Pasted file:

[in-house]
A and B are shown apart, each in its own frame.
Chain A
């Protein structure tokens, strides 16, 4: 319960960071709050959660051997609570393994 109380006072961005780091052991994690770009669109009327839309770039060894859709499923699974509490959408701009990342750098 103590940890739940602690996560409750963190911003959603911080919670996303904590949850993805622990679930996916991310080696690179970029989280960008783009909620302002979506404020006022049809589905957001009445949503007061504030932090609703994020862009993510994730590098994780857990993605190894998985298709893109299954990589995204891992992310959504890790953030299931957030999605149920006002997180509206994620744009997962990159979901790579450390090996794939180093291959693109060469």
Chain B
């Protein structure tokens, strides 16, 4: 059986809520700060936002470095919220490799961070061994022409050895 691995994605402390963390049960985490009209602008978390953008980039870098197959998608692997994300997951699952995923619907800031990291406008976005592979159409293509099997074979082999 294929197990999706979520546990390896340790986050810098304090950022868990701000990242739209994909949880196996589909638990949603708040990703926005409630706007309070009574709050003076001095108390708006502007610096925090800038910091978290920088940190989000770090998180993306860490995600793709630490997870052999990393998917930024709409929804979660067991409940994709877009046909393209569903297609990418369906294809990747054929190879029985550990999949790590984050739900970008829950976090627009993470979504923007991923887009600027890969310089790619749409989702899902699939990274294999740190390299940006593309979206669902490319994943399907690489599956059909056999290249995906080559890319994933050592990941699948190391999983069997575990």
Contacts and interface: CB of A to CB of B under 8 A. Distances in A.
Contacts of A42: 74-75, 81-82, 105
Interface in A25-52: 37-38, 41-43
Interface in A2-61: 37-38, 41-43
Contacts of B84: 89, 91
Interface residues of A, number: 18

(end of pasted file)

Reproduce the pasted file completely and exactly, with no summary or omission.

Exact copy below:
[in-house]
A and B are shown apart, each in its own frame.
Chain A
């Protein structure tokens, strides 16, 4: 319960960071709050959660051997609570393994 109380006072961005780091052991994690770009669109009327839309770039060894859709499923699974509490959408701009990342750098 103590940890739940602690996560409750963190911003959603911080919670996303904590949850993805622990679930996916991310080696690179970029989280960008783009909620302002979506404020006022049809589905957001009445949503007061504030932090609703994020862009993510994730590098994780857990993605190894998985298709893109299954990589995204891992992310959504890790953030299931957030999605149920006002997180509206994620744009997962990159979901790579450390090996794939180093291959693109060469």
Chain B
């Protein structure tokens, strides 16, 4: 059986809520700060936002470095919220490799961070061994022409050895 691995994605402390963390049960985490009209602008978390953008980039870098197959998608692997994300997951699952995923619907800031990291406008976005592979159409293509099997074979082999 294929197990999706979520546990390896340790986050810098304090950022868990701000990242739209994909949880196996589909638990949603708040990703926005409630706007309070009574709050003076001095108390708006502007610096925090800038910091978290920088940190989000770090998180993306860490995600793709630490997870052999990393998917930024709409929804979660067991409940994709877009046909393209569903297609990418369906294809990747054929190879029985550990999949790590984050739900970008829950976090627009993470979504923007991923887009600027890969310089790619749409989702899902699939990274294999740190390299940006593309979206669902490319994943399907690489599956059909056999290249995906080559890319994933050592990941699948190391999983069997575990």
Contacts and interface: CB of A to CB of B under 8 A. Distances in A.
Contacts of A42: 74-75, 81-82, 105
Interface in A25-52: 37-38, 41-43
Interface in A2-61: 37-38, 41-43
Contacts of B84: 89, 91
Interface residues of A, number: 18